As Croatia’s Ivan Dodig knows all too well after his 2014 Grand Slam season, you can’t win if you can’t finish.
At the Australian Open in January, he stopped playing in the fourth set of his second-round match, citing cramps.
At the French Open in May — shortly after he said he injured his ribs at a tournament in Rome — Dodig lasted all of four games before quitting in the first round.
And at the U.S. Open on Wednesday, at 1-all in the fifth set against 19th-seeded Feliciano Lopez, the 53rd-ranked Dodig stopped yet again, again officially citing cramps.
”Suddenly, in one moment, I was running for one ball and I (felt) a bit tight on the right hip. And after a couple of games, I started feeling like more cramps in the right leg,” Dodig said.
”Basically, I decided (it would be) best if I stop the match and not risk (being healthy) for the next tournaments,” he added.
Hey, at least he showed up in Melbourne, Paris and New York. At the year’s other Grand Slam tournament, Wimbledon in June, Dodig withdrew from the field before play began.
Blame it on the hair
Caroline Wozniacki got her blond braid caught in her racket while hitting a forehand in her second-round match against Aliaksandra Sasnovich, and she gamely tried to hit a backhand on the next shot, with her hair still entangled.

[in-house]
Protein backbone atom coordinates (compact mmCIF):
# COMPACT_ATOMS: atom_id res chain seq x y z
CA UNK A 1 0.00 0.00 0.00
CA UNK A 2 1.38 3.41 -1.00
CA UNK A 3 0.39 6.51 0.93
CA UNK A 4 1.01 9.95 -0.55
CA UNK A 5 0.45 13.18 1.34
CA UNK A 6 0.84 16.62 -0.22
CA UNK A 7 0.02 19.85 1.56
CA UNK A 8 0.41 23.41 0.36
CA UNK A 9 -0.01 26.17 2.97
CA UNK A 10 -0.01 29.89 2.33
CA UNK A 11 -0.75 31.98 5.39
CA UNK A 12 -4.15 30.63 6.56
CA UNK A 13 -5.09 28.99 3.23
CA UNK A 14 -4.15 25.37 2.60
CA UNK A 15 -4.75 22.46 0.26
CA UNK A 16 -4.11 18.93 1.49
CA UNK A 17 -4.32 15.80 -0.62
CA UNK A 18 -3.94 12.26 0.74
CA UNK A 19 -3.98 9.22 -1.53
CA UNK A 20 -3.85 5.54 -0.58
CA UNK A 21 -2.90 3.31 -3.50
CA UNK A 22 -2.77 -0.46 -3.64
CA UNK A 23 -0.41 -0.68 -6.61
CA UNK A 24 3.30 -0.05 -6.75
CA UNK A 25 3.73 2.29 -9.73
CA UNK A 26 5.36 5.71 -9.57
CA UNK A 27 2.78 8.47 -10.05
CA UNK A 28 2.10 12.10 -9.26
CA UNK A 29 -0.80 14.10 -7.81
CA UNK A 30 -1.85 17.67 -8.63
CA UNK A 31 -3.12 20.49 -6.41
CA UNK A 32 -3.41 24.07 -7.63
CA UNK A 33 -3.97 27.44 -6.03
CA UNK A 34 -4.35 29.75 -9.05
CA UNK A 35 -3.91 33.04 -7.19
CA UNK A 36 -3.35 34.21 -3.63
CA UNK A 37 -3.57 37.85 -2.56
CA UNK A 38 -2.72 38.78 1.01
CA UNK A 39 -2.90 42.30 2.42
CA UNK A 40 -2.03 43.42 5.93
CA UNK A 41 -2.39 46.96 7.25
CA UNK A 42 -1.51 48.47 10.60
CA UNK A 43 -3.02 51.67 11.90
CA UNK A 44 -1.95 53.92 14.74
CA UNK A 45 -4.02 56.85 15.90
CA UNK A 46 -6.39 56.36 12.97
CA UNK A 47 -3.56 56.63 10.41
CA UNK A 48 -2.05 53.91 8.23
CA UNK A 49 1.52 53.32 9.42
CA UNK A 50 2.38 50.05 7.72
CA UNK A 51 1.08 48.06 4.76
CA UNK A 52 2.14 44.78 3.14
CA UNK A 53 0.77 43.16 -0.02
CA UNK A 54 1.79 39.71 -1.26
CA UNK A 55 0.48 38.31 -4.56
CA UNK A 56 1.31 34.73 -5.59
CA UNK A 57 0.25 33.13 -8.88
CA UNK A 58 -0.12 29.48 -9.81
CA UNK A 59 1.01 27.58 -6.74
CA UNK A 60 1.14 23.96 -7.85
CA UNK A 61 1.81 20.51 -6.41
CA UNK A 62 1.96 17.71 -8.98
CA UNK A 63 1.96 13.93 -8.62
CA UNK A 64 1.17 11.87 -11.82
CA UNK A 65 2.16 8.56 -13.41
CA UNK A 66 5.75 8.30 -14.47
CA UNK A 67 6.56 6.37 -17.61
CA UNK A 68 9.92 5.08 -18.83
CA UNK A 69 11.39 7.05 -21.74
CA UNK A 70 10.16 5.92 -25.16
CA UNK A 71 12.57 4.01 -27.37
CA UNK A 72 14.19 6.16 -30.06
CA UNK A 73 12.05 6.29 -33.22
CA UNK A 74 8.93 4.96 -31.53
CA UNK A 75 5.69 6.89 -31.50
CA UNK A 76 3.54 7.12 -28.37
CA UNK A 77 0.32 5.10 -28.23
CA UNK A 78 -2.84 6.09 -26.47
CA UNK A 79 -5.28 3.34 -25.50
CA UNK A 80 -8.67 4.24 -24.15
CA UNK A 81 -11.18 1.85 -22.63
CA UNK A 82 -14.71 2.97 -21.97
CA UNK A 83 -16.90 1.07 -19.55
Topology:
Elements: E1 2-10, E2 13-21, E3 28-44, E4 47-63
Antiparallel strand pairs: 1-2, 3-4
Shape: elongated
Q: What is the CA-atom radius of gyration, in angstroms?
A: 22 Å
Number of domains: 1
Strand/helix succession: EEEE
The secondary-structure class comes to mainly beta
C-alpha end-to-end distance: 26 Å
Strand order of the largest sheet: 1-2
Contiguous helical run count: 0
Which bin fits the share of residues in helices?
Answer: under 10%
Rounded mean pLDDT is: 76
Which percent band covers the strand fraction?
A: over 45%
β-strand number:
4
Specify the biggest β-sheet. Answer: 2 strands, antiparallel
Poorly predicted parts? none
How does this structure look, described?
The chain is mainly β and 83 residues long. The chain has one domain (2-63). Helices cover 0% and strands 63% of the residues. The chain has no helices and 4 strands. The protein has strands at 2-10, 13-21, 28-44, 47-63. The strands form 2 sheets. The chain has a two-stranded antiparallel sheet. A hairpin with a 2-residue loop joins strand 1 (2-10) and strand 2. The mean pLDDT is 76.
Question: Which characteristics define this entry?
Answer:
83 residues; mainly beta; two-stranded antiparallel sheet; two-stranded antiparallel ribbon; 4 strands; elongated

"I almost took my head off," Wozniakci told reporters later. "It was really tangled up good, so I didn’t have a chance."
Wozniacki lost the point, but she didn’t lose her sense of humor. Once she got her hair and her racket separated, she had no choice but to laugh at herself.
The 24-year-old Dane, seeded 10th, went on to win 6-3, 6-4, and she later tweeted a clip of the entanglement to her 675,000 followers. Wozniacki explained that such snags used to happen all the time before she started braiding her hair, but this was the first post-braid incident.
"It’s one of those things," she said. "Us women, we keep it interesting."